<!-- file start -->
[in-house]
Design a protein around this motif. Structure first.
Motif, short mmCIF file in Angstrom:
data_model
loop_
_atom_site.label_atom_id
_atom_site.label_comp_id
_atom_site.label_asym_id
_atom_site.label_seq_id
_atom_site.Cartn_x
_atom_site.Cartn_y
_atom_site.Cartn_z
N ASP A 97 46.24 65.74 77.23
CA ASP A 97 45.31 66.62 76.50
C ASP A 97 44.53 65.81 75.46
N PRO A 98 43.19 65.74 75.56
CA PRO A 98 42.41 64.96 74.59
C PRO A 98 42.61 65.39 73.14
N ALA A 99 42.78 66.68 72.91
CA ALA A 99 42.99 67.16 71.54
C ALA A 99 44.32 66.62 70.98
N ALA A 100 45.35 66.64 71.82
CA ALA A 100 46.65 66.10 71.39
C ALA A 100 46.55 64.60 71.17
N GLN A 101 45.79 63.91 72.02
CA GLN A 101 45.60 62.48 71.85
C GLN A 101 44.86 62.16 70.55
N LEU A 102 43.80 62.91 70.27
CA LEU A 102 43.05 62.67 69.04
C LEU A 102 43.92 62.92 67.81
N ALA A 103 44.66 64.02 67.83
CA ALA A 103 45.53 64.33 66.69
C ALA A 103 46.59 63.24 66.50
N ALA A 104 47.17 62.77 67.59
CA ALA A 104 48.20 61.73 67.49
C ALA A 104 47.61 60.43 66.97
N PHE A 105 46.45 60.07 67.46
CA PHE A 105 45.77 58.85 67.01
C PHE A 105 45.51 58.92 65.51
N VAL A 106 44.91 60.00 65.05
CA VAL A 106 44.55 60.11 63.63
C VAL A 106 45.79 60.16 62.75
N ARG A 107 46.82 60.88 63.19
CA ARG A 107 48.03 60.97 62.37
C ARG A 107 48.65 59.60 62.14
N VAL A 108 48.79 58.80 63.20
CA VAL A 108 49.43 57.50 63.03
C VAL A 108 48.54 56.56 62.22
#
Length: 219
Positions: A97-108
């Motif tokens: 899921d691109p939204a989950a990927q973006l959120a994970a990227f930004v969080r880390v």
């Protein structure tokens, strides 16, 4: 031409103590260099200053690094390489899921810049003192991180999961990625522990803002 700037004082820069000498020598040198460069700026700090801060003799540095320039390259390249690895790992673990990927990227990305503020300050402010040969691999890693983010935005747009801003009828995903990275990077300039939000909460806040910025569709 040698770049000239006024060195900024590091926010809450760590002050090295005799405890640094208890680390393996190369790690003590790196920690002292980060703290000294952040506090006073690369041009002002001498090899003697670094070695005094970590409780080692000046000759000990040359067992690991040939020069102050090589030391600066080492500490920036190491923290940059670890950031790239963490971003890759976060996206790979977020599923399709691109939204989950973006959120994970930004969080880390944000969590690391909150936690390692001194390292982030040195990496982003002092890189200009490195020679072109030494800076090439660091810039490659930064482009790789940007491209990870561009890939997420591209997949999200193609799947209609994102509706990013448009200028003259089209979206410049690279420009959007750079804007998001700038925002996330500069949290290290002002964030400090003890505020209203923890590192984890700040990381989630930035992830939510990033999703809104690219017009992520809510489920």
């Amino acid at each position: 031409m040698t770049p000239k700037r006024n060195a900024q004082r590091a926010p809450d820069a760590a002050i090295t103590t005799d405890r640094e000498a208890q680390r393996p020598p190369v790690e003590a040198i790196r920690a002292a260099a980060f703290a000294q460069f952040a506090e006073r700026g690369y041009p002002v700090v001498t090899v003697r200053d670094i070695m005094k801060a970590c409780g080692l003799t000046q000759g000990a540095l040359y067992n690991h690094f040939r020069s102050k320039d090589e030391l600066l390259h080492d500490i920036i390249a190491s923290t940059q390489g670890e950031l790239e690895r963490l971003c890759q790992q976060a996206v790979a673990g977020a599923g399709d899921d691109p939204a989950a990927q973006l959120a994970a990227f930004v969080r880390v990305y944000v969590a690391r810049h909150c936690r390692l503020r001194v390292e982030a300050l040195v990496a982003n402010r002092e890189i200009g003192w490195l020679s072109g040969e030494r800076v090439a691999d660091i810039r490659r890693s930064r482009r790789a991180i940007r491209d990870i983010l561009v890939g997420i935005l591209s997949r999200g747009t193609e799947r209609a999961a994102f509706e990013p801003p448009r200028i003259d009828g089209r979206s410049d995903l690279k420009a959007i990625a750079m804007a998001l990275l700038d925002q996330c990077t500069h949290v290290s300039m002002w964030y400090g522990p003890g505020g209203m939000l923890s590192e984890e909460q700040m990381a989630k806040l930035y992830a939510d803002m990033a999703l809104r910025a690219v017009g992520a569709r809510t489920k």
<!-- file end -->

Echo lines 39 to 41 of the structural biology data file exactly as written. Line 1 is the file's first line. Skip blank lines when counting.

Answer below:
C PHE A 105 45.51 58.92 65.51
N VAL A 106 44.91 60.00 65.05
CA VAL A 106 44.55 60.11 63.63